Location data is not nearly as useful on a computer as it is on a mobile phone. For many users, the only benefit of having Windows read your location is that online stores can more easily display your nearest physical store, and web searches for shops, restaurants, and the like can instantly display results from your neighborhood. If that’s not something that appeals to you, we recommend switching off location tracking altogether.
In addition to the settings in Privacy and Security, there are a bunch of other things related to what Microsoft knows about you that you may also want to change.
Don’t tell me about your habits
Microsoft wants to know how you use Windows. The feature is called Device Usage and Microsoft uses it to customize the system — and give you advertising. You can turn it off, however.
Open Settings, Personalization and go to Device usage. Put everything in Off if you don’t want to supply this info to Microsoft.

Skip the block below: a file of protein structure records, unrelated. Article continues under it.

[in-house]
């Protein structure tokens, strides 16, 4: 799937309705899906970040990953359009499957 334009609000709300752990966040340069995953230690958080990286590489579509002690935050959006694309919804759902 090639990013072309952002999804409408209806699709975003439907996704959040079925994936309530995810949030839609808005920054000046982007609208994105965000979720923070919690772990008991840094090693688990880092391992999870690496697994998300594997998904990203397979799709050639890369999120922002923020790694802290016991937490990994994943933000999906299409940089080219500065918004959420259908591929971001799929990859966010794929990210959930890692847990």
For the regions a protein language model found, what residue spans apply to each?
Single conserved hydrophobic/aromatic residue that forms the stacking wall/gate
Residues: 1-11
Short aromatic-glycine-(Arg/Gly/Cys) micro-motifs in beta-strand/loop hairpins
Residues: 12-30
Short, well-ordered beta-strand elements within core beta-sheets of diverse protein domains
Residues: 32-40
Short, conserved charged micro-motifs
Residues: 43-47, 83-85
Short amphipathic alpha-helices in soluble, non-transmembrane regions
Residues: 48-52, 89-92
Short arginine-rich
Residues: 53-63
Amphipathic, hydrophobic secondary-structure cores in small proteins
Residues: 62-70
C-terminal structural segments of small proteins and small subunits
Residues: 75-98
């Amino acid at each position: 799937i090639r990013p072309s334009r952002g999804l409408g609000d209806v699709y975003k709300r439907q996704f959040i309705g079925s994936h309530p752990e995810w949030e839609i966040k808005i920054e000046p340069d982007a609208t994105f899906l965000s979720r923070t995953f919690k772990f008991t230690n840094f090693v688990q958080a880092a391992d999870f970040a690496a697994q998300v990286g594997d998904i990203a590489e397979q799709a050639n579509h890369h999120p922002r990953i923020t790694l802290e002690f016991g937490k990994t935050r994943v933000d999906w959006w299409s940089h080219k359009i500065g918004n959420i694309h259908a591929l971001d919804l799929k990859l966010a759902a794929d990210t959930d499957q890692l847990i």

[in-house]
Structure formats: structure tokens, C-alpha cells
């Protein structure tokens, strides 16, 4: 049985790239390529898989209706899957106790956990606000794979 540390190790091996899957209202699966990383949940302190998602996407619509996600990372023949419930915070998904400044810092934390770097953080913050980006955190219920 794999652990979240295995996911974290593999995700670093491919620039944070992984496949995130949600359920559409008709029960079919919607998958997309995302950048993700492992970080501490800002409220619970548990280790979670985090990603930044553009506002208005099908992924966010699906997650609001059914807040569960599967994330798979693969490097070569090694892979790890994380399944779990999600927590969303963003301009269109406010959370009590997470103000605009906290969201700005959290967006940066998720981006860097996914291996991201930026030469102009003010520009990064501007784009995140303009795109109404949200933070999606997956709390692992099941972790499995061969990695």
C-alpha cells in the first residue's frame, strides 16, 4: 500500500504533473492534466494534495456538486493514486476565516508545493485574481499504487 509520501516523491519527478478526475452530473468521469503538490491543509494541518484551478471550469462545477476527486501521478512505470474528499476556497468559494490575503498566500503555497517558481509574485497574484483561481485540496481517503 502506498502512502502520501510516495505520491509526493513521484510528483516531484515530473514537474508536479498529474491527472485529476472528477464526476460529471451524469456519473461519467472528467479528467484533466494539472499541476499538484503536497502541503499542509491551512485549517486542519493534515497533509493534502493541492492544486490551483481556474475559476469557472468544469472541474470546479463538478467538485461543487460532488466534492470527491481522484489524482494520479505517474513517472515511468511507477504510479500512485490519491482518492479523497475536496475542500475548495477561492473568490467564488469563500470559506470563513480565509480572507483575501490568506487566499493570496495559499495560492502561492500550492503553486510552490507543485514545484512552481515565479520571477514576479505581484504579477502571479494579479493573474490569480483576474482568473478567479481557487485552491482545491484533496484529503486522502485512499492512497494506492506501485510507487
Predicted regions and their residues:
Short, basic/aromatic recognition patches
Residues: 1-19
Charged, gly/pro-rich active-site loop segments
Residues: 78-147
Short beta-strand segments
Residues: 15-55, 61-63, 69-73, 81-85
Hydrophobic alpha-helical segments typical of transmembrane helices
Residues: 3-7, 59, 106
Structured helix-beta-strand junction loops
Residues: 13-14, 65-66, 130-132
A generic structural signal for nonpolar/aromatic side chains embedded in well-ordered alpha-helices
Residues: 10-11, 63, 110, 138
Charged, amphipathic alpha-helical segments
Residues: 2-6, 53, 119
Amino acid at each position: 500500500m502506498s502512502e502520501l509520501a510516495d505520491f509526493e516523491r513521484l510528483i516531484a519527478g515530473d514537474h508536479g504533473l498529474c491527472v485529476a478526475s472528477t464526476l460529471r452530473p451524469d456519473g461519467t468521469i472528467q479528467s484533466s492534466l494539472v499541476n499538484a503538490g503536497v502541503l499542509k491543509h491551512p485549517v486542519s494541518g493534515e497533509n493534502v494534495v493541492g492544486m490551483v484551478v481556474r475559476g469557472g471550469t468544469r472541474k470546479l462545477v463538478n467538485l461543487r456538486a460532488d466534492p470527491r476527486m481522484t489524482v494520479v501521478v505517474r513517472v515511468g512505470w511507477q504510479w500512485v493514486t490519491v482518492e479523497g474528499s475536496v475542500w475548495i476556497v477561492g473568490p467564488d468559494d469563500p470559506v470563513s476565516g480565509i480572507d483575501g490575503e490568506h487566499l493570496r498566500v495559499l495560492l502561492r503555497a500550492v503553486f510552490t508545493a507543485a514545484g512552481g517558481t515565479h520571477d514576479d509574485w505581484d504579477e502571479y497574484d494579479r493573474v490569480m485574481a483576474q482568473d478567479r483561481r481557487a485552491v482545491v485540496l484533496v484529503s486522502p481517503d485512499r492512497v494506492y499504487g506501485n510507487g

Adjust your Microsoft account…
If you want to have full control of your Microsoft account, you can visit your Privacy Panel via your browser.
Go to account.microsoft.com/privacy and sign in with your Microsoft account. At the top you can select Get started to launch a wizard that controls your settings. You can also select Manage your activity data to make the changes manually.
… and control other programs
You can also make similar settings in other Microsoft products, such as Xbox or Microsoft Teams.
Open your Microsoft account’s privacy panel (as above) and select Privacy settings in our products.
Do not share the clipboard
Nowadays, Windows has a powerful cloud clipboard manager that saves the clipboards of all your device and allows you to synchronize them in a common clipboard list. It’s incredibly handy, but if this feels like a privacy issue, you can turn it off.